26 November 2013

Alain Mabanckou: Mémoires de porc-épic | Memoirs of a Porcupine (2006)

A few reviews have remarked that Alain Mabanckou's Mémoires de porc-épic – translated as Memoirs of a Porcupine, although I prefer 'Porcupine Memoirs' – only contains one sentence, but it doesn't even have that: there isn't a single full stop in the whole 221-page novel, and the only capitalisation used is with proper nouns. But this doesn't make it what I would call an 'experimental' novel. It has six titled divisions, and many other divisions within those divisions: it just doesn't use sentences, preferring often long, comma-strewn passages.
The book is heavily influenced by African stories and legends, the principal one being the concept of human beings having an animal double. It's also influenced by writers from the Americas, and García Marquez's Macondo is mentioned, and there's also a passing reference to Edgar Allan Poe, although the Uruguayan writer Horacio Quiroga is dwelt on a little more.
But to return to doubles, the central (human) character is Kibandi, whose male ancestors have had animal doubles since way back. Kibandi's father initiates him, making him take the magic potion mavamvunbi, leading him to a porcupine double – although this is a double that performs bad as opposed to good things.
We only learn very near the end that Kibandi called the porcupine Ngoumba – we aren't told this before because 'Ngoumba' means 'porcupine', and the porcupine thinks he's rather more than just a porcupine, which he certainly is, but as we have no other name how else can we refer to him?
Ngoumba is the narrator, and as he has no friends to talk to at the end of the novel he addresses the story to the baobab tree in which he lives. And his story is very funny in spite of its black content, as it is partly a satire on human – especially white human – folly. Ngoumba may be a bad double, but he's pretty cultured – he reads, for instance, although he doesn't think much of the Bible. He even has a conscience, and although he is directed to kill people (acts which he's more or less obliged to fulfil as Kibandi's double) he's by no means always happy to do so.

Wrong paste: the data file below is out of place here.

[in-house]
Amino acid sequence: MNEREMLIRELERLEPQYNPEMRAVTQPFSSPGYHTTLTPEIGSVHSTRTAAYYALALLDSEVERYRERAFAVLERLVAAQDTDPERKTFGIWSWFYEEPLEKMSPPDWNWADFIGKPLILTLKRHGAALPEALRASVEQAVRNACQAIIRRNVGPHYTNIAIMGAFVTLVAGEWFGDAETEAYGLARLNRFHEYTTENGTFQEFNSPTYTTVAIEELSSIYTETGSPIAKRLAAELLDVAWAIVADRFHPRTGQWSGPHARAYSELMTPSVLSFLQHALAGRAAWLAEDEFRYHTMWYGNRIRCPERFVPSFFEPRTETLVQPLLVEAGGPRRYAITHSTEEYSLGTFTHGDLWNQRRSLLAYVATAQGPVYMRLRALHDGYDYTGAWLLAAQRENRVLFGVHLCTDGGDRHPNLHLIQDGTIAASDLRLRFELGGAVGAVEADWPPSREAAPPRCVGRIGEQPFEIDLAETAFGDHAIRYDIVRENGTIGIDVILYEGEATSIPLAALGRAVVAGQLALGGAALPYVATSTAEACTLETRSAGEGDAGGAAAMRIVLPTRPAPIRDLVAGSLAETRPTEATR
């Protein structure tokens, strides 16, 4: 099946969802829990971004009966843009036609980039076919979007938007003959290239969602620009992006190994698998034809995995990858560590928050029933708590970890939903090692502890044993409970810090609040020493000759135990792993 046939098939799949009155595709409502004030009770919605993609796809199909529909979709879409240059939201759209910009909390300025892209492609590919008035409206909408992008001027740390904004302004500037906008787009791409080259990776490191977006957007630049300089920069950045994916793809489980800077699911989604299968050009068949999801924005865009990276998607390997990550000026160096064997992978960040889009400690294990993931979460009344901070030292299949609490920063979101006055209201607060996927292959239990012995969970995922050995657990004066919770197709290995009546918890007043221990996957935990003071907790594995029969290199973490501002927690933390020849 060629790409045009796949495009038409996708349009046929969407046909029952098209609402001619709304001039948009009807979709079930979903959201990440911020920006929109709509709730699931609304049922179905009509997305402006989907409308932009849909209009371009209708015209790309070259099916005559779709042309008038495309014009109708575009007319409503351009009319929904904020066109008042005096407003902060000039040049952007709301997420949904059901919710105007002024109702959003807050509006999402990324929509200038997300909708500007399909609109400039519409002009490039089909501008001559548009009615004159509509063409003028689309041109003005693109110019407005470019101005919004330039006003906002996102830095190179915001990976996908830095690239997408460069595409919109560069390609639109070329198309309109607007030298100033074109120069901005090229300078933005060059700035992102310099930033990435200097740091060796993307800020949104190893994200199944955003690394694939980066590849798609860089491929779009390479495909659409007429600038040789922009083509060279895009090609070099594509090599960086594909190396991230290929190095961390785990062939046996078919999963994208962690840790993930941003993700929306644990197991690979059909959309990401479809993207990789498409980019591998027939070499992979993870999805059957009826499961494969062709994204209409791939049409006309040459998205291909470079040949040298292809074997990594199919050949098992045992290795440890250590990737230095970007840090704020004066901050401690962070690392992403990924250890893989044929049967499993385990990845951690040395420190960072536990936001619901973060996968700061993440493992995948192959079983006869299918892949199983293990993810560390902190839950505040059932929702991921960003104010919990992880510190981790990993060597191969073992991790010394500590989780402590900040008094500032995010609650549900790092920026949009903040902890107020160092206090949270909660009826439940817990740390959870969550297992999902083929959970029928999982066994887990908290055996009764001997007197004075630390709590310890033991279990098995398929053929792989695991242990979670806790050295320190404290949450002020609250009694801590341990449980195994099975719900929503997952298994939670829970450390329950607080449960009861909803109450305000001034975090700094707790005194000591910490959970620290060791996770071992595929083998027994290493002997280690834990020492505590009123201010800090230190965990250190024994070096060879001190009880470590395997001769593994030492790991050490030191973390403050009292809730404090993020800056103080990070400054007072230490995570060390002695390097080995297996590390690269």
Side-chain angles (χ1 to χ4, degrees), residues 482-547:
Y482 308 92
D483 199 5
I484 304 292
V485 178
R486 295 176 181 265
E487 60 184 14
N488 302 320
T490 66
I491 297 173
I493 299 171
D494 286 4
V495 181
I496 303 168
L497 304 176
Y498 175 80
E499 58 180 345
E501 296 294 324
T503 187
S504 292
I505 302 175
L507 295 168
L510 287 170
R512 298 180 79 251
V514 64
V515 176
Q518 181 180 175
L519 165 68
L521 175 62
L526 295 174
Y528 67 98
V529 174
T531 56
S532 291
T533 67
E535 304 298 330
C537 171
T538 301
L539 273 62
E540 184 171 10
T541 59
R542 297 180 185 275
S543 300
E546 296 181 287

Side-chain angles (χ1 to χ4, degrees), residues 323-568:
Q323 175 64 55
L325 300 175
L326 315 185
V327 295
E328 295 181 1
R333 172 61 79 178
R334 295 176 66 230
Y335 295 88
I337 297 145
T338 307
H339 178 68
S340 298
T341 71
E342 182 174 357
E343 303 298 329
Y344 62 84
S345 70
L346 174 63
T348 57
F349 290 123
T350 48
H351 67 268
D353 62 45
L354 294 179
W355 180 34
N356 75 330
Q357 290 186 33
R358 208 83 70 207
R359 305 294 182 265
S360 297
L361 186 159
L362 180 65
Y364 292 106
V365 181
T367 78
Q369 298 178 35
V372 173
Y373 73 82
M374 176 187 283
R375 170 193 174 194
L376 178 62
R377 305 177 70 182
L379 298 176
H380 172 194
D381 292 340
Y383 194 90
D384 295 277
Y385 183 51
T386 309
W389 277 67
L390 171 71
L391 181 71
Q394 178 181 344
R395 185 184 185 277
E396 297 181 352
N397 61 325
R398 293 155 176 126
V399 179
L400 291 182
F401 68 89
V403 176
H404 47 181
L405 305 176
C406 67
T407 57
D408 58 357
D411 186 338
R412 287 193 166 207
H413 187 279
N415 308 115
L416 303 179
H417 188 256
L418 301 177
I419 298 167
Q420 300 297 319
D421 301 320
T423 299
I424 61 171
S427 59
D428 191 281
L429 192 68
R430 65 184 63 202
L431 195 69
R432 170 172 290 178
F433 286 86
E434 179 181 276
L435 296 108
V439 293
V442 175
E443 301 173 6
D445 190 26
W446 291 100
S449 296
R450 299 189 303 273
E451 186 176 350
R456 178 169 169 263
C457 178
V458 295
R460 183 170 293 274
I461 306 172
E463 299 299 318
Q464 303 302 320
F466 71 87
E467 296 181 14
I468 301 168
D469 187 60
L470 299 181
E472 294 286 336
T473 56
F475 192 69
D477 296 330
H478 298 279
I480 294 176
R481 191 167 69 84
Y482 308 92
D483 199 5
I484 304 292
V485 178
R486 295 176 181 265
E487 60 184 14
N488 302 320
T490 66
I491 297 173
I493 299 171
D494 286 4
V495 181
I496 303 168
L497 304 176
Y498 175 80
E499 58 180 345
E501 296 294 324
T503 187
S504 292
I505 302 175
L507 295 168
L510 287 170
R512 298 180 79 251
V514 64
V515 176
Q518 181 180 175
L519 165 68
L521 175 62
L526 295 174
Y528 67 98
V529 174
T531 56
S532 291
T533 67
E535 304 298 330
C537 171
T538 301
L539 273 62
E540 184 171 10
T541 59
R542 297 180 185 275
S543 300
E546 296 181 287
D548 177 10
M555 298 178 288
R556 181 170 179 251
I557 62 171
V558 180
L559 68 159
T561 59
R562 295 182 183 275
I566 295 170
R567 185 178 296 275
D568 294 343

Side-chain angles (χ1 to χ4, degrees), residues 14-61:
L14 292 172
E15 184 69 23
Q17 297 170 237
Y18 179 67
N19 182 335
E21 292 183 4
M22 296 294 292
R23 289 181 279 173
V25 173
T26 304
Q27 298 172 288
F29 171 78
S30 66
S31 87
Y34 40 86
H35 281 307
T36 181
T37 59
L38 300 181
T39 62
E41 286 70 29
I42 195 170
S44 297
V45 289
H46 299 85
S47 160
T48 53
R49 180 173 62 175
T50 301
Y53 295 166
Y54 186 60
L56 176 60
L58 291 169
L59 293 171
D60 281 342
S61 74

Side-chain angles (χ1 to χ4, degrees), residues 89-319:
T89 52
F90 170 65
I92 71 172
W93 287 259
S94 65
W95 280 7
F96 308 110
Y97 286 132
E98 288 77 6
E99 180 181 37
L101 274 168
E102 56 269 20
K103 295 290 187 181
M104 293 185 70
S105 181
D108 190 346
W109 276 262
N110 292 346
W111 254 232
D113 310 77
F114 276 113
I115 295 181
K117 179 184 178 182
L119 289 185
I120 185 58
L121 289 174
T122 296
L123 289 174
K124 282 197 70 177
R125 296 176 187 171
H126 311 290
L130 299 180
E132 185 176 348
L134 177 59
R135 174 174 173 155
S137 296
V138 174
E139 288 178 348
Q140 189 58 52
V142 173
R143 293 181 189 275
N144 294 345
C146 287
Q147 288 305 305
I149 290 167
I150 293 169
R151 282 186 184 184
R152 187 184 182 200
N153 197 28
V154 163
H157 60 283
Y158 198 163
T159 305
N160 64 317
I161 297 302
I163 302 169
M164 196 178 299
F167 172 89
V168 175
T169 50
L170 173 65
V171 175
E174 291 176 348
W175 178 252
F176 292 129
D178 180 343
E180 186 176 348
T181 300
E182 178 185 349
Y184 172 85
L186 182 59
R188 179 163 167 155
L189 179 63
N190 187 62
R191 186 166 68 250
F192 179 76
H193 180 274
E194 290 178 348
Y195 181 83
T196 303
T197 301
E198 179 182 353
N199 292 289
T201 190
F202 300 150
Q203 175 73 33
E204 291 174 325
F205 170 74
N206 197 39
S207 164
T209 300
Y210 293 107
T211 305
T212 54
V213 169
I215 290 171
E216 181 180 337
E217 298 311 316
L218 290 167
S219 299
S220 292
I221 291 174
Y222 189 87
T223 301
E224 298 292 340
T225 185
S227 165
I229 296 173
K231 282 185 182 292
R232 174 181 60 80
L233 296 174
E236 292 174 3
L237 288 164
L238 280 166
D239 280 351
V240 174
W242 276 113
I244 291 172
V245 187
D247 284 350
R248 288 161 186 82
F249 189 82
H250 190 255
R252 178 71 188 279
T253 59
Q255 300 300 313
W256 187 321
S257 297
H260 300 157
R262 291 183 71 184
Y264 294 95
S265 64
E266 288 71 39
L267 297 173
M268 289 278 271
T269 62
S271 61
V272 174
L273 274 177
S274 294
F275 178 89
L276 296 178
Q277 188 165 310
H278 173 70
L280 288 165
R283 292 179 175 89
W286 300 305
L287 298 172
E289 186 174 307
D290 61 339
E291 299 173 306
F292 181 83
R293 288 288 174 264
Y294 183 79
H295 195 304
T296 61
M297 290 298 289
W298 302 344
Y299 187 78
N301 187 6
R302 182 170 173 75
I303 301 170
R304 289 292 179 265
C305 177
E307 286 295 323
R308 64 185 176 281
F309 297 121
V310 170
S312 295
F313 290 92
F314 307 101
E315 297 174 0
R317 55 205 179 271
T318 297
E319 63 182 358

Amédée, for instance (and unless I'm wildly out this surely calls to mind Ionesco's play?), is a pretentious asshole who may be highly learned but he wants everyone to know it, especially all the young girls who fall at his feet, and as he has nothing but insults for Kibandi he has to be killed. Interestingly (and this brings us back to Horacio Quiroga), Amédée has unwittingly spoken of his own downfall: with a group of young virgins at his feet hanging on to his every word but not hanging onto their virginity for long if Amédée can help it, he speaks of a short story by the Uruguayan writer.
This (although the title isn't mentioned) is Quiroga's 'El almohadón de plumas' ('The Feather Pillow') from his collection Cuentos de amor de locura y de muerte (1917) (Stories of Love, Madness and Death), which concerns the death of Alicia, who has had the blood sucked out of her temples for several days by a small monster living in her pillow: the porcupine kills more rapidly than this, by injecting his quills into the temple or base of the skull, although the result is the same (albeit less visible as he licks off the blood and waits a few seconds for the mark to disappear).
The porcupine doesn't at all like killing the baby of a dull-witted drunkard Kibandi has a grudge against because the man owes him money and insults him, and the killings increasingly lose any justification, until the porcupine fears – after 99 murders – that the next will be the last and be a disaster. By avoiding it, it doesn't happen, although the terrible twins Koty and Koté kill Kibandi, and yet the porcupine lives on after the death of his double, talking all the while to the baobab tree – maybe he's reprieved, can settle down and have kids. The reader hopes so.
Humans lose out in this book, but readers (in spite of all those, er, white lies) don't. This is entrancing, gripping, and although it may sound a little gruesome the violence is on a cartoon level: think of Astérix. Most of all this is a very original – and human – read.

My other posts on Alain Mabanckou:

Alain Mabanckou: Verre Cassé | Broken Glass
Alain Mabanckou: Lettre à Jimmy | Letter to Jimmy
Alain Mabanckou: Black Bazar | Black Bazaar

No comments: